Wednesday, 31 December 2008
A Dance on New Year's Eve
Well, actually all this dancing took place over many months around the world, I'm not sure quite when. But with 2009 being the International Year of Astronomy, it seemed a good moment to post about a video I have loved for months.
(OK, I went to the recommended site, Stridegum, specially to download a video I could put here but attempts to upload it have merely managed to crash this computer and require a restart three times - thank goodness this blog saves automatically. Please click the Astronomy Picture of the Day link below, or the Stridegum link above, to watch the video. Sorry about that.)
The Astronomy Picture of the Day page where I found it remarked, "Few people are able to watch this video without smiling". My uncle commented, "Have you ever noticed, nobody can watch dolphins without laughing."
This video was created by Matt Harding and his girlfriend Melissa Nixon, travelling around the world and arranging dances by open invitation in advance of each stop. His website is well worth reading. If you're interested, you can check out the lyrics of the songs - and much more - in the FAQ section. Kudos to Matt for thinking up going to Nellis Airspace and for Astronomy Picture of the Day for (I assume) using that as an excuse to show the world such a marvellous video!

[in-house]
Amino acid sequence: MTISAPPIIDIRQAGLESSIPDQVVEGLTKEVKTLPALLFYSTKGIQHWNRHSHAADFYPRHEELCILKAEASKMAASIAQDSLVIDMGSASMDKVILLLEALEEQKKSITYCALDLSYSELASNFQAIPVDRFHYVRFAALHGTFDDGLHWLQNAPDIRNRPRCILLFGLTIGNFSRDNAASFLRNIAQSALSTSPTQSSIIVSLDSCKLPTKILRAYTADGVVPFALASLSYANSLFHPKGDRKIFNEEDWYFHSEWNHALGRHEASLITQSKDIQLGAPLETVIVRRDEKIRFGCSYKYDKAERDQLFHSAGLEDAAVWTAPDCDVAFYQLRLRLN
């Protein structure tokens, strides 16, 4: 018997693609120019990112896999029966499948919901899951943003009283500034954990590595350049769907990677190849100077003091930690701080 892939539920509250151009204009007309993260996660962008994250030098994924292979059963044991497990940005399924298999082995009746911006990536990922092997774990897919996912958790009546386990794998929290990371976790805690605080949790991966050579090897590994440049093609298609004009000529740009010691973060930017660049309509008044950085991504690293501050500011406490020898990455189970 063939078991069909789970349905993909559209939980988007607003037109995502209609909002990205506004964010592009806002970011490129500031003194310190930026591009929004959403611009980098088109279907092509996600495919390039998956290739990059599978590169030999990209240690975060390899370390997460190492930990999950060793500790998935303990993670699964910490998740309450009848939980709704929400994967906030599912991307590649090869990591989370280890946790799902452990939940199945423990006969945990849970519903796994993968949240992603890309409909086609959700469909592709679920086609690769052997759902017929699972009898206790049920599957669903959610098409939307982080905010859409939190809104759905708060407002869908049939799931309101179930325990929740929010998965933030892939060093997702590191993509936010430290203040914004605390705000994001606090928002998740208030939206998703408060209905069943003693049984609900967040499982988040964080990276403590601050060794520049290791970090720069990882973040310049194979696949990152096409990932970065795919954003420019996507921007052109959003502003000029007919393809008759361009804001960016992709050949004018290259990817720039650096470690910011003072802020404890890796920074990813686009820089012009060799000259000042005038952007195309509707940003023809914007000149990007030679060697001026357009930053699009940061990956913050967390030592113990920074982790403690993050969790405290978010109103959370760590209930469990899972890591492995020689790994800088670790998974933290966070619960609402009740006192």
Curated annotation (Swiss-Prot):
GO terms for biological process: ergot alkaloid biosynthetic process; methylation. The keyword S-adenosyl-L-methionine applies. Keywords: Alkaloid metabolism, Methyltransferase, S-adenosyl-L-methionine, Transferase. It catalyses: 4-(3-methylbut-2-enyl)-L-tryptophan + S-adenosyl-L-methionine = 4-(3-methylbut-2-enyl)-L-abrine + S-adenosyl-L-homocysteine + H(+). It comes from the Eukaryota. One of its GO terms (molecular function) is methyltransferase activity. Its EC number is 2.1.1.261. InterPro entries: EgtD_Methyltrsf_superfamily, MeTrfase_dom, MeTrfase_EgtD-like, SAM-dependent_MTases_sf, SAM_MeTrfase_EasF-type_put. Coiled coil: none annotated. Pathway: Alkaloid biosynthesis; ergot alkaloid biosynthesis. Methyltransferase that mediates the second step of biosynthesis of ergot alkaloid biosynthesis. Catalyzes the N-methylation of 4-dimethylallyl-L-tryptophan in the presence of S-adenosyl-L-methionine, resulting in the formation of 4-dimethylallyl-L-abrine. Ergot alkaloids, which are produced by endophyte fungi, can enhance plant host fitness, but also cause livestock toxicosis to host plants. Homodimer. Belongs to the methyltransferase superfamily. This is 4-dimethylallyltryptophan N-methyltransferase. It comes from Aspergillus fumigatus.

It's wonderful to watch people dancing all over the world. Forests and mountains and deserts and sea. Beautiful buildings and ugly ones; ridiculous fairgrounds and ancient monuments. The buildings in Yemen reminded me of Granada, Spain, my adored home town for 10 months and, coincidentally, where two Galaxy Zoo scientists are now. (I've walked right past that spot in Madrid too.) The dances are all different, and all the same. It shows how we are all neighbours. The scenery is often terrific, but to most of the happy people dancing, it is their scenery and they're used to it. And the dogs, crabs, lemurs, dolphins and camels felt like part of it too - I mean much more than that they were merely "there" - just as they and we are all part of the animal kingdom. All this on our little planet Earth.
(Credit: Astronomy Picture of the Day; NASA
Once you've watched it two, or twelve, or twenty or two hundred times, it then starts to become more thought-provoking. I started counting the political statements. The only people I saw in the video who looked unhappy with the thought of dancing (to say the least!) were those soldiers in the "demilitarised zone" . . . What was going on? What is it like there? Where were all the people? There were subtler points. Israel was directly followed by West Bank, Jerusalem. In some places, only males were dancing. And in South Africa - well, if you can't guess, just watch it and enjoy.
Half this lovely planet is in shadow at any one time, and I wonder how many people are dancing then, or looking up at the stars.